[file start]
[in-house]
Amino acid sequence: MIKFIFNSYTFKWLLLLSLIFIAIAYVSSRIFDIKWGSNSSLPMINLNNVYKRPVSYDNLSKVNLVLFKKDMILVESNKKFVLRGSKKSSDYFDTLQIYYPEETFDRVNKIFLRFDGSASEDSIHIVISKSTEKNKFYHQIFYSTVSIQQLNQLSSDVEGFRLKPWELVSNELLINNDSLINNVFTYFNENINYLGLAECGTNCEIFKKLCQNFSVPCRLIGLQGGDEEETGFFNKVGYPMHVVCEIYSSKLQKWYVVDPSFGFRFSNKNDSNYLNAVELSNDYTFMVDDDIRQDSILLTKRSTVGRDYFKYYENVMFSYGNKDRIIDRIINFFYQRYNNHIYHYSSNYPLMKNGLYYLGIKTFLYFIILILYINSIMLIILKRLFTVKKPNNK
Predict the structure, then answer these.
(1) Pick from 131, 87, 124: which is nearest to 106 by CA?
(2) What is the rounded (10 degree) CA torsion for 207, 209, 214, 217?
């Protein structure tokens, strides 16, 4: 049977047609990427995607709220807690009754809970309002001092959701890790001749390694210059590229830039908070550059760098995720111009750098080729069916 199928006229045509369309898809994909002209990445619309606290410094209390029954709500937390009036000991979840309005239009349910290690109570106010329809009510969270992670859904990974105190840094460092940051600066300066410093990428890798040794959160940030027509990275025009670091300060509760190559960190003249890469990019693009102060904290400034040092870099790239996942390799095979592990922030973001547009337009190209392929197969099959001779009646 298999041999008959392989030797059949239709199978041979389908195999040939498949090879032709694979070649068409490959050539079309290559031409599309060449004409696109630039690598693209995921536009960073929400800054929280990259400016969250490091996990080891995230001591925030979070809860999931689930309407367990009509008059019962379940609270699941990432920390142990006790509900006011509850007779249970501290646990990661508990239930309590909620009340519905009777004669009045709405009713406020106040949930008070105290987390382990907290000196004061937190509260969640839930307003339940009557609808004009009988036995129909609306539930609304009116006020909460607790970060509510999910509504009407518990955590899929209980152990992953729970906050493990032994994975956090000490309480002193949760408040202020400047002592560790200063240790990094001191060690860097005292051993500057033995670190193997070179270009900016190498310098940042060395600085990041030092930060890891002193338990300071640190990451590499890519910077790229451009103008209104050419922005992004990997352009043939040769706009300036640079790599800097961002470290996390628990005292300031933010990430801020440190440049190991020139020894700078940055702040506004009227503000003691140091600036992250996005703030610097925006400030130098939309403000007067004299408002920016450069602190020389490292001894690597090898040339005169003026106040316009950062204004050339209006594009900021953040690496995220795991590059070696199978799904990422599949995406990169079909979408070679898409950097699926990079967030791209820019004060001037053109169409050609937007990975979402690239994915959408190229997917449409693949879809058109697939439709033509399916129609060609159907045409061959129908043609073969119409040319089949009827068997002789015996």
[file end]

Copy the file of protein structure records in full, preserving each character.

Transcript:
[in-house]
Amino acid sequence: MIKFIFNSYTFKWLLLLSLIFIAIAYVSSRIFDIKWGSNSSLPMINLNNVYKRPVSYDNLSKVNLVLFKKDMILVESNKKFVLRGSKKSSDYFDTLQIYYPEETFDRVNKIFLRFDGSASEDSIHIVISKSTEKNKFYHQIFYSTVSIQQLNQLSSDVEGFRLKPWELVSNELLINNDSLINNVFTYFNENINYLGLAECGTNCEIFKKLCQNFSVPCRLIGLQGGDEEETGFFNKVGYPMHVVCEIYSSKLQKWYVVDPSFGFRFSNKNDSNYLNAVELSNDYTFMVDDDIRQDSILLTKRSTVGRDYFKYYENVMFSYGNKDRIIDRIINFFYQRYNNHIYHYSSNYPLMKNGLYYLGIKTFLYFIILILYINSIMLIILKRLFTVKKPNNK
Predict the structure, then answer these.
(1) Pick from 131, 87, 124: which is nearest to 106 by CA?
(2) What is the rounded (10 degree) CA torsion for 207, 209, 214, 217?
């Protein structure tokens, strides 16, 4: 049977047609990427995607709220807690009754809970309002001092959701890790001749390694210059590229830039908070550059760098995720111009750098080729069916 199928006229045509369309898809994909002209990445619309606290410094209390029954709500937390009036000991979840309005239009349910290690109570106010329809009510969270992670859904990974105190840094460092940051600066300066410093990428890798040794959160940030027509990275025009670091300060509760190559960190003249890469990019693009102060904290400034040092870099790239996942390799095979592990922030973001547009337009190209392929197969099959001779009646 298999041999008959392989030797059949239709199978041979389908195999040939498949090879032709694979070649068409490959050539079309290559031409599309060449004409696109630039690598693209995921536009960073929400800054929280990259400016969250490091996990080891995230001591925030979070809860999931689930309407367990009509008059019962379940609270699941990432920390142990006790509900006011509850007779249970501290646990990661508990239930309590909620009340519905009777004669009045709405009713406020106040949930008070105290987390382990907290000196004061937190509260969640839930307003339940009557609808004009009988036995129909609306539930609304009116006020909460607790970060509510999910509504009407518990955590899929209980152990992953729970906050493990032994994975956090000490309480002193949760408040202020400047002592560790200063240790990094001191060690860097005292051993500057033995670190193997070179270009900016190498310098940042060395600085990041030092930060890891002193338990300071640190990451590499890519910077790229451009103008209104050419922005992004990997352009043939040769706009300036640079790599800097961002470290996390628990005292300031933010990430801020440190440049190991020139020894700078940055702040506004009227503000003691140091600036992250996005703030610097925006400030130098939309403000007067004299408002920016450069602190020389490292001894690597090898040339005169003026106040316009950062204004050339209006594009900021953040690496995220795991590059070696199978799904990422599949995406990169079909979408070679898409950097699926990079967030791209820019004060001037053109169409050609937007990975979402690239994915959408190229997917449409693949879809058109697939439709033509399916129609060609159907045409061959129908043609073969119409040319089949009827068997002789015996």